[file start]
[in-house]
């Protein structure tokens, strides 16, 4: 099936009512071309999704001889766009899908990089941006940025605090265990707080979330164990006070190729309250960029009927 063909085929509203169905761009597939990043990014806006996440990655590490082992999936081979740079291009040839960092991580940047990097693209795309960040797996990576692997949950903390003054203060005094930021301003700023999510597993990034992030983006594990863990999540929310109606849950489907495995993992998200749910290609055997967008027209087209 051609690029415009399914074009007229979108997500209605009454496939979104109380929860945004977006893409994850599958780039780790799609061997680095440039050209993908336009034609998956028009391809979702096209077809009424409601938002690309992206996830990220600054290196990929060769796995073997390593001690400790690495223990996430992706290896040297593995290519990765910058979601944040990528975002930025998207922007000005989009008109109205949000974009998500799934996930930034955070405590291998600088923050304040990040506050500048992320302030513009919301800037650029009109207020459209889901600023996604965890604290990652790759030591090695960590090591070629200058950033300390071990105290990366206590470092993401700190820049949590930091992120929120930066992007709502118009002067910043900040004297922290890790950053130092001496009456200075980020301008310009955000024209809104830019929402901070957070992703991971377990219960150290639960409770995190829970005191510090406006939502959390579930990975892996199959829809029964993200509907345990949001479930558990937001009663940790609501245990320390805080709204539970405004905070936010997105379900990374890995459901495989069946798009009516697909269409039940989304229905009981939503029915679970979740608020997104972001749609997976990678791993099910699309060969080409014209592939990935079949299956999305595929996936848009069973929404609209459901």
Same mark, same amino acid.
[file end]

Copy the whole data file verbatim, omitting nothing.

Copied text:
[in-house]
């Protein structure tokens, strides 16, 4: 099936009512071309999704001889766009899908990089941006940025605090265990707080979330164990006070190729309250960029009927 063909085929509203169905761009597939990043990014806006996440990655590490082992999936081979740079291009040839960092991580940047990097693209795309960040797996990576692997949950903390003054203060005094930021301003700023999510597993990034992030983006594990863990999540929310109606849950489907495995993992998200749910290609055997967008027209087209 051609690029415009399914074009007229979108997500209605009454496939979104109380929860945004977006893409994850599958780039780790799609061997680095440039050209993908336009034609998956028009391809979702096209077809009424409601938002690309992206996830990220600054290196990929060769796995073997390593001690400790690495223990996430992706290896040297593995290519990765910058979601944040990528975002930025998207922007000005989009008109109205949000974009998500799934996930930034955070405590291998600088923050304040990040506050500048992320302030513009919301800037650029009109207020459209889901600023996604965890604290990652790759030591090695960590090591070629200058950033300390071990105290990366206590470092993401700190820049949590930091992120929120930066992007709502118009002067910043900040004297922290890790950053130092001496009456200075980020301008310009955000024209809104830019929402901070957070992703991971377990219960150290639960409770995190829970005191510090406006939502959390579930990975892996199959829809029964993200509907345990949001479930558990937001009663940790609501245990320390805080709204539970405004905070936010997105379900990374890995459901495989069946798009009516697909269409039940989304229905009981939503029915679970979740608020997104972001749609997976990678791993099910699309060969080409014209592939990935079949299956999305595929996936848009069973929404609209459901």
Same mark, same amino acid.